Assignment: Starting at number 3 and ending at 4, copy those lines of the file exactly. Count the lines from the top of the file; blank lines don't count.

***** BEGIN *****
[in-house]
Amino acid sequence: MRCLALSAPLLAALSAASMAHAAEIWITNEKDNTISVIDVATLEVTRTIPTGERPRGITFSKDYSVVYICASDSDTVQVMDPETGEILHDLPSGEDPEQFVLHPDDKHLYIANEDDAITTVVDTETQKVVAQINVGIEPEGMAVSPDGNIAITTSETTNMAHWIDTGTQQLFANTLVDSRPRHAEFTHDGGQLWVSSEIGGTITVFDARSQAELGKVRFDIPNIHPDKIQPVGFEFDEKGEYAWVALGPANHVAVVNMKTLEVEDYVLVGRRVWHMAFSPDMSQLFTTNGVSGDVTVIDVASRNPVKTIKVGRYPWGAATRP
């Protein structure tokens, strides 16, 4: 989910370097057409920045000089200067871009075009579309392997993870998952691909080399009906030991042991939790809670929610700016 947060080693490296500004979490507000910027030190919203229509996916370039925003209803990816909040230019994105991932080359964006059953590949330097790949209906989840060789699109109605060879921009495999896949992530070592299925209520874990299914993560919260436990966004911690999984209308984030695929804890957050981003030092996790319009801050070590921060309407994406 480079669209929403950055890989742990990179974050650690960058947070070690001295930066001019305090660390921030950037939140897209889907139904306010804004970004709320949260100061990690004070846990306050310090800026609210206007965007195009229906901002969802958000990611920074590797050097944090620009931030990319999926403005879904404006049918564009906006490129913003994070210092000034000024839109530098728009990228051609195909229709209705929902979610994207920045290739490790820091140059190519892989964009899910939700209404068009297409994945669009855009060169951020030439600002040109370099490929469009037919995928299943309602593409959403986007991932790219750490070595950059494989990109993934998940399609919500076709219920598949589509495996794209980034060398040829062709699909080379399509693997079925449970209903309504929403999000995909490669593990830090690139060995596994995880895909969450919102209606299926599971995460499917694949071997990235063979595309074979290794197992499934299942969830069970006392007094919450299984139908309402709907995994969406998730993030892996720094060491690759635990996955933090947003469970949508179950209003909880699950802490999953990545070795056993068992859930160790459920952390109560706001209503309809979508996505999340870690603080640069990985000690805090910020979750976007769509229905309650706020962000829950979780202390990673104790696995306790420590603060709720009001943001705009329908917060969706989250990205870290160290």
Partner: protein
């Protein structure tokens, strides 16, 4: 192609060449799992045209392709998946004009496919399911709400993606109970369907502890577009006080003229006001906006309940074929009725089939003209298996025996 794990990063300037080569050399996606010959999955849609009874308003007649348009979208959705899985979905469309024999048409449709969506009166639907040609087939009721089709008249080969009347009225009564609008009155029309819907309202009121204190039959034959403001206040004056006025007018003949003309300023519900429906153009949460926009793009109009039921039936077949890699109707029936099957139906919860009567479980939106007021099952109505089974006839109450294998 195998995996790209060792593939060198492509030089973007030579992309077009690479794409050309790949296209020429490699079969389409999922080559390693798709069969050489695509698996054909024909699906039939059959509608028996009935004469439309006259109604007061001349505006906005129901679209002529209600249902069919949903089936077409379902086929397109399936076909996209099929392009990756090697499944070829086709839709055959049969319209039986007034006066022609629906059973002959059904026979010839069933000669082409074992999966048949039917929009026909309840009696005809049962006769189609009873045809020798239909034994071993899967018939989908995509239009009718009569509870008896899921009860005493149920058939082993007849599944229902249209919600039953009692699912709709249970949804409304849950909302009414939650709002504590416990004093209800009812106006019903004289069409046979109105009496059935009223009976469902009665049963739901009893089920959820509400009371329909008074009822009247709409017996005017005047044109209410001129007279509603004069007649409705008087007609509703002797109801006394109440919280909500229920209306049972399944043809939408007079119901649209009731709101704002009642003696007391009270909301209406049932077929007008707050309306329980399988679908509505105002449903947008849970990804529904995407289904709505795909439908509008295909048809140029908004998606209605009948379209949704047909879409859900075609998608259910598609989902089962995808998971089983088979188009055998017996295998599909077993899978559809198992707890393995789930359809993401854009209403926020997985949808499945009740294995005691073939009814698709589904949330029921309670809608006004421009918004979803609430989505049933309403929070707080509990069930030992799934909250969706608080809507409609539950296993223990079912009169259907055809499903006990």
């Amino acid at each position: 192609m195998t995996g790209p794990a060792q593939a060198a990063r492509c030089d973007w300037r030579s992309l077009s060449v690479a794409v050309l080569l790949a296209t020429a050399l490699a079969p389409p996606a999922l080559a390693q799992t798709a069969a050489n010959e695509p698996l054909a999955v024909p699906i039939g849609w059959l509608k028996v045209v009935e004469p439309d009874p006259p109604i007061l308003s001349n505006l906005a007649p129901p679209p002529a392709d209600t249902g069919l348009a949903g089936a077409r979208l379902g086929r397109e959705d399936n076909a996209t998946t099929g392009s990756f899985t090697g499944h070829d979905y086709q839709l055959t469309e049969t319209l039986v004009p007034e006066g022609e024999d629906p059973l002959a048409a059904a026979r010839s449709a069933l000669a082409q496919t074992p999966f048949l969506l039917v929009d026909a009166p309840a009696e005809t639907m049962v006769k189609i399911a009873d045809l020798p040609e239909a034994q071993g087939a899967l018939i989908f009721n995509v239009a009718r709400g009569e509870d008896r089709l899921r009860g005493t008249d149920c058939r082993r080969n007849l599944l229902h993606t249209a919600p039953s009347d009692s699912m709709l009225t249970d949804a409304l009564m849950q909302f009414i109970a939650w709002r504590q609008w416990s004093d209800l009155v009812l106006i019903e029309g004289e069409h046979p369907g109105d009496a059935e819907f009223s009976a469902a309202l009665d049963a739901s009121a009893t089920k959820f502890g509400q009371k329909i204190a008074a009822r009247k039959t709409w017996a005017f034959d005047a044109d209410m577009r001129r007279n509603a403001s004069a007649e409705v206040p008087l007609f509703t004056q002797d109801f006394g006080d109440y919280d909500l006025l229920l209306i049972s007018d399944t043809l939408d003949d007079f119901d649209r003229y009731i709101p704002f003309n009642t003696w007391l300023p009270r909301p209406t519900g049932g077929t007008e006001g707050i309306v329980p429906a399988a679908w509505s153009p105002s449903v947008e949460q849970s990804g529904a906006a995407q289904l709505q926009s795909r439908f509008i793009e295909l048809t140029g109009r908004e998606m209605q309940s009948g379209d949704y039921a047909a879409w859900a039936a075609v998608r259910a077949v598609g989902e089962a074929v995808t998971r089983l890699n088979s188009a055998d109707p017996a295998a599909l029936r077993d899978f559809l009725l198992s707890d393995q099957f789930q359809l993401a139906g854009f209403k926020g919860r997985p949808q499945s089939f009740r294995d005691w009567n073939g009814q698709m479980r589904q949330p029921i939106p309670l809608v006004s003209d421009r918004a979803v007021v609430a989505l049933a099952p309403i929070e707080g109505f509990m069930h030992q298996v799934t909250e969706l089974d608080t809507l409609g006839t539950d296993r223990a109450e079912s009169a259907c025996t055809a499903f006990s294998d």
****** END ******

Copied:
């Protein structure tokens, strides 16, 4: 989910370097057409920045000089200067871009075009579309392997993870998952691909080399009906030991042991939790809670929610700016 947060080693490296500004979490507000910027030190919203229509996916370039925003209803990816909040230019994105991932080359964006059953590949330097790949209906989840060789699109109605060879921009495999896949992530070592299925209520874990299914993560919260436990966004911690999984209308984030695929804890957050981003030092996790319009801050070590921060309407994406 480079669209929403950055890989742990990179974050650690960058947070070690001295930066001019305090660390921030950037939140897209889907139904306010804004970004709320949260100061990690004070846990306050310090800026609210206007965007195009229906901002969802958000990611920074590797050097944090620009931030990319999926403005879904404006049918564009906006490129913003994070210092000034000024839109530098728009990228051609195909229709209705929902979610994207920045290739490790820091140059190519892989964009899910939700209404068009297409994945669009855009060169951020030439600002040109370099490929469009037919995928299943309602593409959403986007991932790219750490070595950059494989990109993934998940399609919500076709219920598949589509495996794209980034060398040829062709699909080379399509693997079925449970209903309504929403999000995909490669593990830090690139060995596994995880895909969450919102209606299926599971995460499917694949071997990235063979595309074979290794197992499934299942969830069970006392007094919450299984139908309402709907995994969406998730993030892996720094060491690759635990996955933090947003469970949508179950209003909880699950802490999953990545070795056993068992859930160790459920952390109560706001209503309809979508996505999340870690603080640069990985000690805090910020979750976007769509229905309650706020962000829950979780202390990673104790696995306790420590603060709720009001943001705009329908917060969706989250990205870290160290």
Partner: protein